from The American Heritage® Dictionary of the English Language, 4th Edition
- adj. Inducing the expulsion of gas from the stomach and intestines.
- n. A drug or agent that induces the expulsion of gas from the stomach or intestines.
from Wiktionary, Creative Commons Attribution/Share-Alike License
- adj. Relieving discomfort of gas in the digestive tract.
- n. A drug or substance that induces the removal of gas from the digestive tract.
from the GNU version of the Collaborative International Dictionary of English
- adj. Expelling wind from the body; warming; antispasmodic.
- n. A substance, esp. an aromatic, which tends to expel wind from the alimentary canal, or to relieve colic, griping, or flatulence.
from The Century Dictionary and Cyclopedia
- Expelling, or having the quality of expelling, wind from the alimentary canal.
- n. A medicine which tends to expel wind, and to remedy colic and flatulence.
from WordNet 3.0 Copyright 2006 by Princeton University. All rights reserved.
- n. medication that prevents the formation of gas in the alimentary tract or eases its passing
- adj. relieving gas in the alimentary tract (colic or flatulence or griping)
In this connection it is interesting to note that, according to one authority, the word carminative, a remedy which relieves pain "like a charm," is derived from the Latin _carminare_, to use incantations.
Everything was in the word carminative -- a detailed, exact foreground, an immense, indefinite hinterland of suggestion.
From boyhood the romantic, poetically inclined hero, Denis Stone, found the word carminative particularly evocative.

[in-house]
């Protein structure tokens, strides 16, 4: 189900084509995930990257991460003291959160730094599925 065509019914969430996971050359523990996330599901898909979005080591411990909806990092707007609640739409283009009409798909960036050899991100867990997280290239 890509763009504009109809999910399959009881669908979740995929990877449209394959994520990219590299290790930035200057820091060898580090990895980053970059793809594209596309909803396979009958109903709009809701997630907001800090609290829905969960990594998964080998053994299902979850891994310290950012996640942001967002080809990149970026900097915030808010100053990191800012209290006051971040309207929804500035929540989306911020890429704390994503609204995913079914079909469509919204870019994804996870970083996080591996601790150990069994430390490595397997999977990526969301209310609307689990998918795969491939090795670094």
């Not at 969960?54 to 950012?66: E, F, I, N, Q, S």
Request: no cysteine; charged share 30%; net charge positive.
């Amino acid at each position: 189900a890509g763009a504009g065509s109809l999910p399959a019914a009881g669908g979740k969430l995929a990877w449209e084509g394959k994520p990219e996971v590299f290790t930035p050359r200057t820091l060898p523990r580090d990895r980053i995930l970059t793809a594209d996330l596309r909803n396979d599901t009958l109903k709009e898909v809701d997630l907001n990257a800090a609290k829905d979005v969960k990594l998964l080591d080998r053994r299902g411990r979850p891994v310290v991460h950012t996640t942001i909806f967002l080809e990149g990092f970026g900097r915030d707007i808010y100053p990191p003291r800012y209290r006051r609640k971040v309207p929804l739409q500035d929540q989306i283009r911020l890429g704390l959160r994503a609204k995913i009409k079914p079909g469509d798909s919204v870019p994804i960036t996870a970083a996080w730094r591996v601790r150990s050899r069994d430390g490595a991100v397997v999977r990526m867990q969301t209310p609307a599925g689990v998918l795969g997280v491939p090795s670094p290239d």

Ginger can be classified as a carminative in addition to an antiflammatory and diaphoretic herb.
It's a great idea to add lots to your food as black pepper is what is known as a carminative, a substance that helps prevent intestinal gas from forming (and, in turn, flatulence), and anything that can help in that department has to be a bonus.
The medical term "carminative," a comforting medicine, really means a charm medicine, and has the same derivation.
I had a whole poem ruined, just because the word 'carminative' didn't mean what it ought to have meant.
Later, when I discovered alcohol, 'carminative' described for me that similar, but nobler, more spiritual glow which wine evokes not only in the body but in the soul as well.
Recently, for example, I had a whole poem ruined, just because the word 'carminative' didn't mean what it ought to have meant.
'carminative' described for me that similar, but nobler, more spiritual glow which wine evokes not only in the body but in the soul as well.
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